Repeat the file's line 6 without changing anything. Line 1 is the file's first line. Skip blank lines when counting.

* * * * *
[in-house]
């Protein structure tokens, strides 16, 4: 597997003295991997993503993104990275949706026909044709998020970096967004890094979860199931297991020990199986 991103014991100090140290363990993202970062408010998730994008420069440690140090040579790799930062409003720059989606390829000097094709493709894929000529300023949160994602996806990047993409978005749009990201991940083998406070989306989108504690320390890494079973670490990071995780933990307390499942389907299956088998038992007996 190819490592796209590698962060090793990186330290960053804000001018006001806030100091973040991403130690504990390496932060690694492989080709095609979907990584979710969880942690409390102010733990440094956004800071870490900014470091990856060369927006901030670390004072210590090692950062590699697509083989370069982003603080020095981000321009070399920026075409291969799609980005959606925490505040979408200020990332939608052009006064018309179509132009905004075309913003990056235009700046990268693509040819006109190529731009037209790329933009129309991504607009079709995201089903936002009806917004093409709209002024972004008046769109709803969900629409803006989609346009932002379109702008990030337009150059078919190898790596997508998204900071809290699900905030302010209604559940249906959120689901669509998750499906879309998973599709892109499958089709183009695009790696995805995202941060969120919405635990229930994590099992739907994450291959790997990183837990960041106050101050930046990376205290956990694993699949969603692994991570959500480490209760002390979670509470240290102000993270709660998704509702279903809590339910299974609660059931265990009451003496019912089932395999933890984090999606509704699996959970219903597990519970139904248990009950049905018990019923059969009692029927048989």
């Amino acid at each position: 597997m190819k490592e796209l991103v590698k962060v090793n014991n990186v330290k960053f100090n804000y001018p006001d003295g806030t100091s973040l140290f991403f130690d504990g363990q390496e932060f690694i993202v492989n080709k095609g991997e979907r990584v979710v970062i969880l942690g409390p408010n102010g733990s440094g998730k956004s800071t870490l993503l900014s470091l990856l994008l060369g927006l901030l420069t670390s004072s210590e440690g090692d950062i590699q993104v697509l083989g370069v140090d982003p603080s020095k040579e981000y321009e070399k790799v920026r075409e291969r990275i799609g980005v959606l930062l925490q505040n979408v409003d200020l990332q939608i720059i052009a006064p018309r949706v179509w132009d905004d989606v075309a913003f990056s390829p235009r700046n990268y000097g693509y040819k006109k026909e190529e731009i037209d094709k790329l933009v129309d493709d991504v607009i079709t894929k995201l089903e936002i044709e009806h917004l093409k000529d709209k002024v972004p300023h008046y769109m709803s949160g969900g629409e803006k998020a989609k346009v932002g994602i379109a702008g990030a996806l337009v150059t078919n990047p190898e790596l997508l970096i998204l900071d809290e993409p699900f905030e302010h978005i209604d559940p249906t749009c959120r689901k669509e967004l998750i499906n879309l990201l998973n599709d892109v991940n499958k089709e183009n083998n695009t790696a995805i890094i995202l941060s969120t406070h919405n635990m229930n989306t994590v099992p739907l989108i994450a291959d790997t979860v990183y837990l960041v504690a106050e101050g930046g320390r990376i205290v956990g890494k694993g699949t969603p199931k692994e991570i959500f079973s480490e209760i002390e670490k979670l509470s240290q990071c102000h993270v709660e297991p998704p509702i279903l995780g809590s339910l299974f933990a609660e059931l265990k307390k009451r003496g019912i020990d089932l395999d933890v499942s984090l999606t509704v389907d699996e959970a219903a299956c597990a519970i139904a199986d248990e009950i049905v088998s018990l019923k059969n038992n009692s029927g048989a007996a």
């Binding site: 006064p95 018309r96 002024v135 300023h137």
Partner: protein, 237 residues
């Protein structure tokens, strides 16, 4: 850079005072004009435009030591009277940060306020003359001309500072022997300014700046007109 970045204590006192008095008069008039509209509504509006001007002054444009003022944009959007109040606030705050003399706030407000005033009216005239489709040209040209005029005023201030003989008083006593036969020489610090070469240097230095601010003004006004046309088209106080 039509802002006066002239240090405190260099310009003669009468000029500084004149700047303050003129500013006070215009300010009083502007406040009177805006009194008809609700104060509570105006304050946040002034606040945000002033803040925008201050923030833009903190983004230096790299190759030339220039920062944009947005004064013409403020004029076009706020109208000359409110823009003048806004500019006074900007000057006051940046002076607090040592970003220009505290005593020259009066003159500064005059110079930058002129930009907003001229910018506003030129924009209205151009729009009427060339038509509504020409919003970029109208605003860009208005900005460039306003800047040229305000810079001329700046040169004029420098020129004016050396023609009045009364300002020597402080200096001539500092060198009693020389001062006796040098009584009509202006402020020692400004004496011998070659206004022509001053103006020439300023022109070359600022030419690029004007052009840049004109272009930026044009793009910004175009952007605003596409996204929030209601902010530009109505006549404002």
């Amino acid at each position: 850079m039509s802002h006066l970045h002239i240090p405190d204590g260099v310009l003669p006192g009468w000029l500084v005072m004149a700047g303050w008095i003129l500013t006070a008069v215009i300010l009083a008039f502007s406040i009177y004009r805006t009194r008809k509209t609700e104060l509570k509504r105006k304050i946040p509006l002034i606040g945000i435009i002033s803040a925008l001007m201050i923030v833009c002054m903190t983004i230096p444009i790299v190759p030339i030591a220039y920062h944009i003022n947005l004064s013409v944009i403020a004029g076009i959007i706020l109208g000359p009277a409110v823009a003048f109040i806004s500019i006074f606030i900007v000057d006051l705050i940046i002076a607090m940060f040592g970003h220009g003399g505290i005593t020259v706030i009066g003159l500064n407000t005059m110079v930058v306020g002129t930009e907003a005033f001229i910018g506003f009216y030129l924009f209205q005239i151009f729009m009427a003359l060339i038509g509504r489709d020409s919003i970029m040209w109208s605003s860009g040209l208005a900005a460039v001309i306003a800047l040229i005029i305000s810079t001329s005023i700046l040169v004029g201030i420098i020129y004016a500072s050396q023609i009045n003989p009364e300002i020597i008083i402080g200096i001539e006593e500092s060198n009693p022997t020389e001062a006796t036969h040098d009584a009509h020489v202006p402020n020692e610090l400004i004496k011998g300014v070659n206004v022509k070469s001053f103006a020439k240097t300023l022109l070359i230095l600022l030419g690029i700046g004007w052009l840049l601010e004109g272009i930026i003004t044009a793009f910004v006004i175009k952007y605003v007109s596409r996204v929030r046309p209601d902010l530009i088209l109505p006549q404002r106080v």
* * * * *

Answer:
């Protein structure tokens, strides 16, 4: 850079005072004009435009030591009277940060306020003359001309500072022997300014700046007109 970045204590006192008095008069008039509209509504509006001007002054444009003022944009959007109040606030705050003399706030407000005033009216005239489709040209040209005029005023201030003989008083006593036969020489610090070469240097230095601010003004006004046309088209106080 039509802002006066002239240090405190260099310009003669009468000029500084004149700047303050003129500013006070215009300010009083502007406040009177805006009194008809609700104060509570105006304050946040002034606040945000002033803040925008201050923030833009903190983004230096790299190759030339220039920062944009947005004064013409403020004029076009706020109208000359409110823009003048806004500019006074900007000057006051940046002076607090040592970003220009505290005593020259009066003159500064005059110079930058002129930009907003001229910018506003030129924009209205151009729009009427060339038509509504020409919003970029109208605003860009208005900005460039306003800047040229305000810079001329700046040169004029420098020129004016050396023609009045009364300002020597402080200096001539500092060198009693020389001062006796040098009584009509202006402020020692400004004496011998070659206004022509001053103006020439300023022109070359600022030419690029004007052009840049004109272009930026044009793009910004175009952007605003596409996204929030209601902010530009109505006549404002």